Journalist, Digital Anthropologist, Lusine coordinates the Media Literacy project at Media Initiatives Center.
The language issue on the Internet is not just an Armenian problem: the dominance of English on the Net is a concern even for developed non-English speaking countries, and many small nations see the Internet as a globalization tool that comes to destroy the local national values and self-identification that usually starts from the language. But the question is not only about using the national alphabet but also about creating and spreading content in the local language.
Let’s look into Wikipedia statistics: there are over 40,000 Wikipedia articles in Azerbaijani, over 48,000 in Georgian, 130,000 in Lithuanian and only 13,000 in Armenian. Of course, how popular the language is on the Internet depends on the number of people using it. Also, the percentage of internet users in the given language community matters.
The Armenian-speaking audience is very limited and many people prefer sharing English or Russian content to reach a wider audience. It’s common from blogs that don’t want to lose, say, a large Russian-speaking audience on LiveJournal, to corporate websites that despite operating in Armenia do not have an Armenian-language version. For instance: http://aray.am/, http://www.hotelyerevan.com/, http://www.visaconcord.am/, http://armavia.am...
Well, maintaining a trilingual website is quite expensive, so if you need to save money by getting rid of a language, Armenian is the most convenient one: you would think that Armenians using the Internet know at least Russian or English, don’t they?
Moreover, though language in traditional commercials and outdoor advertisements is regulated by legislation, Internet language is not monitored and controlled for now.
Internet natives can argue that the Net has its own language which is not possible to translate. How would you translate Internet slang? Gegham Vardanyan did it in this short guide. But this is more about explaining the terms and helping to use them correctly rather than suggesting the Armenian equivalents.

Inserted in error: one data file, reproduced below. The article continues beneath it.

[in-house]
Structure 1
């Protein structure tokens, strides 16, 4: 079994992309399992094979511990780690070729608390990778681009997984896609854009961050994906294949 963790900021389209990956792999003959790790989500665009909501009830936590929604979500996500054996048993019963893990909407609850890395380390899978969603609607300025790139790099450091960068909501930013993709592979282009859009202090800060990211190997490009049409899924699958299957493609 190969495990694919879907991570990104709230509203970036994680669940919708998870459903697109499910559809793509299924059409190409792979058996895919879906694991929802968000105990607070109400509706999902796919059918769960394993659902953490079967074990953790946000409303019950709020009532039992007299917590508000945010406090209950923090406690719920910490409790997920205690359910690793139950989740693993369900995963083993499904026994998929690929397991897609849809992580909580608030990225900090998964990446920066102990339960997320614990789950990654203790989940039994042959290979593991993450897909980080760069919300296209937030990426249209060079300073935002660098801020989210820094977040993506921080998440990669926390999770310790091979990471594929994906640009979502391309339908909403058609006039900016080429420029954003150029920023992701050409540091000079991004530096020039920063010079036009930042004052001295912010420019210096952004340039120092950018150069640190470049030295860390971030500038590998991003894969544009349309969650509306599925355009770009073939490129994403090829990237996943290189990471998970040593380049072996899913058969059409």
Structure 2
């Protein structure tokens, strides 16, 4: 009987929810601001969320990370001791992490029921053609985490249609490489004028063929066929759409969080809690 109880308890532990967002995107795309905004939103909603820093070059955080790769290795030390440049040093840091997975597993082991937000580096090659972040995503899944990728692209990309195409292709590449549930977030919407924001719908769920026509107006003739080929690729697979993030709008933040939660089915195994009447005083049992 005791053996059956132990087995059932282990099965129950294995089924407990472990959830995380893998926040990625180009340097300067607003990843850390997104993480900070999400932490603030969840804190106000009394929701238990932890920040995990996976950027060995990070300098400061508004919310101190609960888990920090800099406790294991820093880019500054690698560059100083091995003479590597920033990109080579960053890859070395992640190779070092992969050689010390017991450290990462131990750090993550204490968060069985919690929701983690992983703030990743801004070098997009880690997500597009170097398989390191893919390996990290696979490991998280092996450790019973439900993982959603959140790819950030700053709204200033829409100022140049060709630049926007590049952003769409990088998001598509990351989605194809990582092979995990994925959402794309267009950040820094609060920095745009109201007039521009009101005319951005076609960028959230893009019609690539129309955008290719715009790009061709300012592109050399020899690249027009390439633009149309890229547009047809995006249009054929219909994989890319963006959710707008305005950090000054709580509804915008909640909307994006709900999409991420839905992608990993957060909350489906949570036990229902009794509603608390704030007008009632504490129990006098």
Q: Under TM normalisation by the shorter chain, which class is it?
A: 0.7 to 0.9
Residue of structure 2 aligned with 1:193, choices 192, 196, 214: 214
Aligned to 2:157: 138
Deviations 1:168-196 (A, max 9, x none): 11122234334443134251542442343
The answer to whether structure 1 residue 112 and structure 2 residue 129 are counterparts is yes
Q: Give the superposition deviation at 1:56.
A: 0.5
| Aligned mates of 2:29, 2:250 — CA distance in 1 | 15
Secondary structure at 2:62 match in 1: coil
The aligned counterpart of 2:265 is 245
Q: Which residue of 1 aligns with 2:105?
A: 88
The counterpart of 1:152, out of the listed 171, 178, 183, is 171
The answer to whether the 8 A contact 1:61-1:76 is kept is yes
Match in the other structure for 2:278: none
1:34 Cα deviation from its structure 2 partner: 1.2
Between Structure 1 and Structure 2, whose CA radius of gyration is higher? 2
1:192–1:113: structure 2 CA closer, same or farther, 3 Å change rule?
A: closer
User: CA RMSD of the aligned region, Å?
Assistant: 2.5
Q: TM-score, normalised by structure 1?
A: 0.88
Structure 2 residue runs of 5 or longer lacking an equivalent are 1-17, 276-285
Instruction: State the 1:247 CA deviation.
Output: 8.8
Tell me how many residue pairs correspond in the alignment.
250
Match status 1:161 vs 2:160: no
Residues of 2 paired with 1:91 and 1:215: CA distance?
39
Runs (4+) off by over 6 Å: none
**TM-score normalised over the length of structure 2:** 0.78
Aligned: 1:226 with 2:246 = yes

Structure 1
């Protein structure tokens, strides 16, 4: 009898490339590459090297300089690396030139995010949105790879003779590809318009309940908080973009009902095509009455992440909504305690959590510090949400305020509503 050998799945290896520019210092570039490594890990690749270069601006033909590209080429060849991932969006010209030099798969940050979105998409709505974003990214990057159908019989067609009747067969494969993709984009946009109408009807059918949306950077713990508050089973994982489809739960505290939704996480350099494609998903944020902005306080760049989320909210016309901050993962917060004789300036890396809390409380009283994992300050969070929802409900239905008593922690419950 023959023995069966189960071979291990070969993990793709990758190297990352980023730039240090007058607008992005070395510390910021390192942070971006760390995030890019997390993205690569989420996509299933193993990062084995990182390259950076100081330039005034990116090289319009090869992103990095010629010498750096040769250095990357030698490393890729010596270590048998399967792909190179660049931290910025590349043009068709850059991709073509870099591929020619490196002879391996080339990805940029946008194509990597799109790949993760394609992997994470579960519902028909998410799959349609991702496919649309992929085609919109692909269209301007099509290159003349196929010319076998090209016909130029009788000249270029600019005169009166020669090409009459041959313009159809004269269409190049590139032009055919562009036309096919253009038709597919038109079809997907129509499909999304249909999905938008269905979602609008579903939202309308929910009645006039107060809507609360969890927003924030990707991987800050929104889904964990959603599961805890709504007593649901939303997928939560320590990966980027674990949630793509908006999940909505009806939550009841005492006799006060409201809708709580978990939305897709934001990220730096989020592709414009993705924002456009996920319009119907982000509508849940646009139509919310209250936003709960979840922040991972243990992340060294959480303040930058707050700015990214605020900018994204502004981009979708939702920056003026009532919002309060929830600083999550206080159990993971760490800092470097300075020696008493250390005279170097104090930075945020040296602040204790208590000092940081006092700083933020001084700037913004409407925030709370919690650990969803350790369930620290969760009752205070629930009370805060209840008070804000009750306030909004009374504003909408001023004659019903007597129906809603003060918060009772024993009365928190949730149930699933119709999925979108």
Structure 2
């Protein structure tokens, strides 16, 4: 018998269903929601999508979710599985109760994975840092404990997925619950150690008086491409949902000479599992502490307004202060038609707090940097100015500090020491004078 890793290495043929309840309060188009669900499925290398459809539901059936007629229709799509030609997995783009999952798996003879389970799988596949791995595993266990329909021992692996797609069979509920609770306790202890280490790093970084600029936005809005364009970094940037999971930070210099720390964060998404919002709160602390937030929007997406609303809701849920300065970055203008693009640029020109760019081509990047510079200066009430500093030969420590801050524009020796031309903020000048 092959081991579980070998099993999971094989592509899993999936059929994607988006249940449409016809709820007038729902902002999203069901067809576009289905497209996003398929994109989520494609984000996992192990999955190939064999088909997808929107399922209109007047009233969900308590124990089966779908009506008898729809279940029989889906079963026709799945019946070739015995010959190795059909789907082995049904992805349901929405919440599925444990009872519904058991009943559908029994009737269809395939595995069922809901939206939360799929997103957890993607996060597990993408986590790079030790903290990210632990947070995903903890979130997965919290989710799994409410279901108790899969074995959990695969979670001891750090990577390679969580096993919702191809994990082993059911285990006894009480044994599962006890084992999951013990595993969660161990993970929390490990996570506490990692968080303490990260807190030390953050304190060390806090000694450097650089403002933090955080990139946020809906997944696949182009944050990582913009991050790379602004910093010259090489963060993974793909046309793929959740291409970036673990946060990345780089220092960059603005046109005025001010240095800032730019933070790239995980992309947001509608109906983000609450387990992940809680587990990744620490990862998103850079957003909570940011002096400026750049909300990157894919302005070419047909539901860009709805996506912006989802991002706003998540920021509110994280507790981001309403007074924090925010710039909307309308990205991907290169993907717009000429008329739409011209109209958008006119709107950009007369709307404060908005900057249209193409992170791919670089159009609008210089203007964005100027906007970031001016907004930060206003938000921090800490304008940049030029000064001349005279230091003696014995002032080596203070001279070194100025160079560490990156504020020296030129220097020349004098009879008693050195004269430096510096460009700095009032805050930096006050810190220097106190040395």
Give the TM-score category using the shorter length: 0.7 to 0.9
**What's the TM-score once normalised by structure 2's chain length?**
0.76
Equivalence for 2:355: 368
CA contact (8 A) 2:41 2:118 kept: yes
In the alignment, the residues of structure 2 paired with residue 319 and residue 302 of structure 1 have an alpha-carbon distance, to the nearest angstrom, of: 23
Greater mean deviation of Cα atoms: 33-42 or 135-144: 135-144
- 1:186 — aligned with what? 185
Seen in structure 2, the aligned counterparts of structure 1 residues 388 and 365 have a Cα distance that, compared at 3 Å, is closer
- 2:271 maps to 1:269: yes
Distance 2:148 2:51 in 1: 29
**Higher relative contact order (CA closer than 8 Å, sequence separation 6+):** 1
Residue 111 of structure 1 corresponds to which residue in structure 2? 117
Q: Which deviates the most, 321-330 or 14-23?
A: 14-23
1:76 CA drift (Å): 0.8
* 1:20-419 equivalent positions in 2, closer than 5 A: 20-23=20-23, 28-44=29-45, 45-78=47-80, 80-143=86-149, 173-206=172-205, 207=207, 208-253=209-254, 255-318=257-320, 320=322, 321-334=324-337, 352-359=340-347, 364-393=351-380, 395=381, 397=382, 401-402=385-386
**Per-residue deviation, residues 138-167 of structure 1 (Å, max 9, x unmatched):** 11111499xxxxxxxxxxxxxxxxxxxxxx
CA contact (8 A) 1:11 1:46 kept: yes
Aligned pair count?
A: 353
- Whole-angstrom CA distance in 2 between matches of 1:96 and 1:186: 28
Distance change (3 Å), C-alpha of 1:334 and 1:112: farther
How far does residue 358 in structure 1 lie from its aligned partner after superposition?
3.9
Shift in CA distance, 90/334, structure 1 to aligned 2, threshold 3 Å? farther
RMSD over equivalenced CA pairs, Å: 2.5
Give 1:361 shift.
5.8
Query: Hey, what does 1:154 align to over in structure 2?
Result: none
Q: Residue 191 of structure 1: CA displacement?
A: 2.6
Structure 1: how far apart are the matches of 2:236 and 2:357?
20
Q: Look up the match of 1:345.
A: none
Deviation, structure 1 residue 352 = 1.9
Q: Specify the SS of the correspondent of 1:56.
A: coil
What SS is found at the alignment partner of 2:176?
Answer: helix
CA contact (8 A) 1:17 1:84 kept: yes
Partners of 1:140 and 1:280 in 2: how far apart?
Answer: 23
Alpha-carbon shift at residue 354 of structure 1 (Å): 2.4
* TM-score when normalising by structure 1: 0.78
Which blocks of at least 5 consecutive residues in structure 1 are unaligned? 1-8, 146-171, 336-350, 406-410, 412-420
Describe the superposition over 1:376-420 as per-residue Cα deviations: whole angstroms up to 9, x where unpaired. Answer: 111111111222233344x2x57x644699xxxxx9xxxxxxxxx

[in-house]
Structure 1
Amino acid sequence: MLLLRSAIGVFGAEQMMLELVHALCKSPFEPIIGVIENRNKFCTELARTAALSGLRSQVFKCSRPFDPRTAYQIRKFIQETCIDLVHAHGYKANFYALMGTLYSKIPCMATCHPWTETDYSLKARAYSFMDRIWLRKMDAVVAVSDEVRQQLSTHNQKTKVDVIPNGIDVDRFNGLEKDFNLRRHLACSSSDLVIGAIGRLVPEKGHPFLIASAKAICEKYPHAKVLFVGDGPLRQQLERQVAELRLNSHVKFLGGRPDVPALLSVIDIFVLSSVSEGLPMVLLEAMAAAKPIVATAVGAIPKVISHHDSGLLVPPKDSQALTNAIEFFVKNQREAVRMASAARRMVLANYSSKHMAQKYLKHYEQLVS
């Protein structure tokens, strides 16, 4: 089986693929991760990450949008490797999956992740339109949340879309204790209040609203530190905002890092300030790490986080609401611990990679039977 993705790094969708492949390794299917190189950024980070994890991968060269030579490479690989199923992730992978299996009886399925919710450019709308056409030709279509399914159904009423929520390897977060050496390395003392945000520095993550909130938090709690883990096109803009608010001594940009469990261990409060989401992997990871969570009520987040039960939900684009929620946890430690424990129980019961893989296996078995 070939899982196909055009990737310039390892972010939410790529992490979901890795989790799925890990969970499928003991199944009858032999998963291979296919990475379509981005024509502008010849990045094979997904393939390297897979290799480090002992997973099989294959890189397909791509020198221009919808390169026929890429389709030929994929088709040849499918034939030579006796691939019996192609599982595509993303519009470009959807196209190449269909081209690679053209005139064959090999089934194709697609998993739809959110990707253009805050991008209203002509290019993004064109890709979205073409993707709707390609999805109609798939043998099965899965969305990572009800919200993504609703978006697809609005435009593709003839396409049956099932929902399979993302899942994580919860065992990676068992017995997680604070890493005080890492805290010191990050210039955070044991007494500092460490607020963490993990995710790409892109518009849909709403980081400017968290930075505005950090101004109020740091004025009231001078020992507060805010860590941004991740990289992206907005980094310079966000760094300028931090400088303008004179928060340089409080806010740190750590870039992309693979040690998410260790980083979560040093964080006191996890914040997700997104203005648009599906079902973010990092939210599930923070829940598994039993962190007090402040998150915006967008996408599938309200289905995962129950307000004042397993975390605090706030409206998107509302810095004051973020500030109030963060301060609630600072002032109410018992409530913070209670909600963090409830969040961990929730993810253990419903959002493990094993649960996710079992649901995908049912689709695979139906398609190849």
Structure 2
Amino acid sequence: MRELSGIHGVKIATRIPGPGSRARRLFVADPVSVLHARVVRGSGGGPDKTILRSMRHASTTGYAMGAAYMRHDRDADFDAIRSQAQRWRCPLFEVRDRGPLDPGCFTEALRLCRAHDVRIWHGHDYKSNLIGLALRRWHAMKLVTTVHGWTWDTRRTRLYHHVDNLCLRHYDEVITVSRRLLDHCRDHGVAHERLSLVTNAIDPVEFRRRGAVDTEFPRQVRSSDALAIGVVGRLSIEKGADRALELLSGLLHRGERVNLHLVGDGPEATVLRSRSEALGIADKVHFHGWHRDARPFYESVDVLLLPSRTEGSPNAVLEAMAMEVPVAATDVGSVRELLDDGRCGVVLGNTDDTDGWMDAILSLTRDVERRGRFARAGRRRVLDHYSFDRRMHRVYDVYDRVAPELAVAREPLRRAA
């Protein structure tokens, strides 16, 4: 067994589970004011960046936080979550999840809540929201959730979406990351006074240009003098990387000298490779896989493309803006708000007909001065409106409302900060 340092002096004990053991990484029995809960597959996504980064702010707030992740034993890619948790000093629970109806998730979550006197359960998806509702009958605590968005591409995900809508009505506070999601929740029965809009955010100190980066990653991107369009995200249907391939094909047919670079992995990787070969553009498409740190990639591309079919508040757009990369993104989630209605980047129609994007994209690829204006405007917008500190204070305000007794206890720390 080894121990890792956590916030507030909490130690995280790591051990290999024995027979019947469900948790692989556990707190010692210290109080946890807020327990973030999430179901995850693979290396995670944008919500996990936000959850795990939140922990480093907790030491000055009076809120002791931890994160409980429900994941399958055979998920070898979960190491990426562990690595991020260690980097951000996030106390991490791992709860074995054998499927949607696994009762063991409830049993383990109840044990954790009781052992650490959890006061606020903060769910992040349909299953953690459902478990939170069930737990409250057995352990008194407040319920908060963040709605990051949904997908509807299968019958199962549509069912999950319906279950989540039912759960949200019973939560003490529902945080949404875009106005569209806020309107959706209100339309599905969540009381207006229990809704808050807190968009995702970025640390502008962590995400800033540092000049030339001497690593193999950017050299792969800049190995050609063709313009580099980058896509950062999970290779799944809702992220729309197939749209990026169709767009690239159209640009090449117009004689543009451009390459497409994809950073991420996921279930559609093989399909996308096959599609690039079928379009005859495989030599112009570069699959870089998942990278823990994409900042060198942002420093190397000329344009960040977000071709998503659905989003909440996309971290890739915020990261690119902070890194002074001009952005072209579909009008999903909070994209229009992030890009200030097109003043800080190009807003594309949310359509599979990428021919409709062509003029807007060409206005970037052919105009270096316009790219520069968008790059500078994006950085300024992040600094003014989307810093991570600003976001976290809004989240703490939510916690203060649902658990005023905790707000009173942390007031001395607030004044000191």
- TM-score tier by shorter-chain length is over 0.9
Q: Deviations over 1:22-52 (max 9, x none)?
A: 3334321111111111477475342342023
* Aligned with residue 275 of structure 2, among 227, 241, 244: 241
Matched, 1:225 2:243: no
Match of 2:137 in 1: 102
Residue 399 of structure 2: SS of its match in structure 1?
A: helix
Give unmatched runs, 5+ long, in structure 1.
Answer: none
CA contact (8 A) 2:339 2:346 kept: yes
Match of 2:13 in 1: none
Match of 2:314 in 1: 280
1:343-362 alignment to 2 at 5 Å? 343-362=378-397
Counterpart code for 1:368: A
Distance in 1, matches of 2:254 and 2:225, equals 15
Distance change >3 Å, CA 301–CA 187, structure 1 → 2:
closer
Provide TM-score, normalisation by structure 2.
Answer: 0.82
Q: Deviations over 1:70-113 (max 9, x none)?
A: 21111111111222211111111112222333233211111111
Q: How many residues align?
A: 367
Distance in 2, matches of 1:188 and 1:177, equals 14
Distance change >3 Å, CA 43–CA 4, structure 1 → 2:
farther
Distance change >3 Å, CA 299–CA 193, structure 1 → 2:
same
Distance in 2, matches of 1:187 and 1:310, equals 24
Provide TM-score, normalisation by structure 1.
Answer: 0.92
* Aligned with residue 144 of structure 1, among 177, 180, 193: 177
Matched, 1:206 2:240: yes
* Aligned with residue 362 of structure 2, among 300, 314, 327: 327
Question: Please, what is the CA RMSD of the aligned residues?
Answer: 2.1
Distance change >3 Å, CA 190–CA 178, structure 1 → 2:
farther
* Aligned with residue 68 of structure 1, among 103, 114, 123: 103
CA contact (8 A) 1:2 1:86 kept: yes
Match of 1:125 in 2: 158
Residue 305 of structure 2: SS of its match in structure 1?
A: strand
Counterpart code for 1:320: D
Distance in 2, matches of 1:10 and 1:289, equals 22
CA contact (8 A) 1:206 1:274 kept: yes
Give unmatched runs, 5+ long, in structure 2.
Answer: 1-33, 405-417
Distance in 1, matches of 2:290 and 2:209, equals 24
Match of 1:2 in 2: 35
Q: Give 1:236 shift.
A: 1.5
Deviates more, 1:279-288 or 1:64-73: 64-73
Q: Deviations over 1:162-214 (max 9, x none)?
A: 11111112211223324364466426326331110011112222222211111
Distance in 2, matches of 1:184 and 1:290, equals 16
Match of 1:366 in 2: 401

So even if you try to write in Armenian you still have to press Alt-Shift at least once if you intend to use Internet slang, terms or just a :).
Armenian translations of some basic technical terms don’t sound nice or at the least sound unusual and you still have doubts every time you use them: դիտարկիչ (browser), միջներես (interface), հավանել (like), պիտակել (tag)... (And these are just Eastern Armenian versions — if you put them together with Western Armenian ones the situation gets worse).
And here the technical, linguistic and habitual aspects of the language issue meet: if you have to change the language every time to write something on the Net, it’s strange, but it really can be easier to write in Latin letters...
Along with solving the technical issues we should promote Internet usage in Armenia: if internet becomes part of our everyday life and we start using it for paying taxes, doing the shopping or for internet banking, then the usage of Armenian language will gradually become more and more popular.
Now in our thinking the usage of English terms separates the reality from the virtual life. For example, talking about Facebook friends we’d use English word “friend” to distinguish them from real friends whom we call ընկեր (the Russian version of this works for users of Odnokassniki.ru).
As Aleksey Chalabyan mentioned once on Facebook, paper is no longer the main medium for language; it's digital technologies. And the language we use on iPad, on the computer and on the phone largely affects the way we view language and the way we think.
In my humble opinion it’s time to start thinking about the language issue on the Net, before it starts defining the language in which we think.
The views expressed in the column are those of the author's and do not necessarily reflect the views of Media.am.